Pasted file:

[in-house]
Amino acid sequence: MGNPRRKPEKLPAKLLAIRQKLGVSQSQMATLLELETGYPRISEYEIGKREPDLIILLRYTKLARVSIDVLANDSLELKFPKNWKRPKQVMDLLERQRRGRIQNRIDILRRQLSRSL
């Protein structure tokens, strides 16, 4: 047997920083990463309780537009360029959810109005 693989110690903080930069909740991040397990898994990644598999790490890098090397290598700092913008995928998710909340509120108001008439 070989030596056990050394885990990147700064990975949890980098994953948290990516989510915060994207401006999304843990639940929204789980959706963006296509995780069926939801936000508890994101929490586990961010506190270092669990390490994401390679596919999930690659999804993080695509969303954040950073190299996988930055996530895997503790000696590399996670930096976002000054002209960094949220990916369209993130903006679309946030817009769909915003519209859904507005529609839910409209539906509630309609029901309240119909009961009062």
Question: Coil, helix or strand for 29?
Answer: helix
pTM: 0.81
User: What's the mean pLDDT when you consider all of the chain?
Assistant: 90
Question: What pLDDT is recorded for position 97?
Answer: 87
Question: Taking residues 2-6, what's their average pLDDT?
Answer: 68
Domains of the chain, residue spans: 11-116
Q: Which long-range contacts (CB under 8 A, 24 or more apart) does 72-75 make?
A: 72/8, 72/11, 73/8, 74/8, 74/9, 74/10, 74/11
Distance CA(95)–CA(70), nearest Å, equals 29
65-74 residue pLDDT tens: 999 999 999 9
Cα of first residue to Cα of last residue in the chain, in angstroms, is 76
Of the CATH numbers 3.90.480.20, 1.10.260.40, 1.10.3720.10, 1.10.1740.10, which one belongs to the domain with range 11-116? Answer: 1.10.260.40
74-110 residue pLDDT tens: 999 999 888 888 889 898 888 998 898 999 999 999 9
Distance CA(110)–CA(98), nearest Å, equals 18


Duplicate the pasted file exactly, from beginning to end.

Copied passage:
[in-house]
Amino acid sequence: MGNPRRKPEKLPAKLLAIRQKLGVSQSQMATLLELETGYPRISEYEIGKREPDLIILLRYTKLARVSIDVLANDSLELKFPKNWKRPKQVMDLLERQRRGRIQNRIDILRRQLSRSL
């Protein structure tokens, strides 16, 4: 047997920083990463309780537009360029959810109005 693989110690903080930069909740991040397990898994990644598999790490890098090397290598700092913008995928998710909340509120108001008439 070989030596056990050394885990990147700064990975949890980098994953948290990516989510915060994207401006999304843990639940929204789980959706963006296509995780069926939801936000508890994101929490586990961010506190270092669990390490994401390679596919999930690659999804993080695509969303954040950073190299996988930055996530895997503790000696590399996670930096976002000054002209960094949220990916369209993130903006679309946030817009769909915003519209859904507005529609839910409209539906509630309609029901309240119909009961009062």
Question: Coil, helix or strand for 29?
Answer: helix
pTM: 0.81
User: What's the mean pLDDT when you consider all of the chain?
Assistant: 90
Question: What pLDDT is recorded for position 97?
Answer: 87
Question: Taking residues 2-6, what's their average pLDDT?
Answer: 68
Domains of the chain, residue spans: 11-116
Q: Which long-range contacts (CB under 8 A, 24 or more apart) does 72-75 make?
A: 72/8, 72/11, 73/8, 74/8, 74/9, 74/10, 74/11
Distance CA(95)–CA(70), nearest Å, equals 29
65-74 residue pLDDT tens: 999 999 999 9
Cα of first residue to Cα of last residue in the chain, in angstroms, is 76
Of the CATH numbers 3.90.480.20, 1.10.260.40, 1.10.3720.10, 1.10.1740.10, which one belongs to the domain with range 11-116? Answer: 1.10.260.40
74-110 residue pLDDT tens: 999 999 888 888 889 898 888 998 898 999 999 999 9
Distance CA(110)–CA(98), nearest Å, equals 18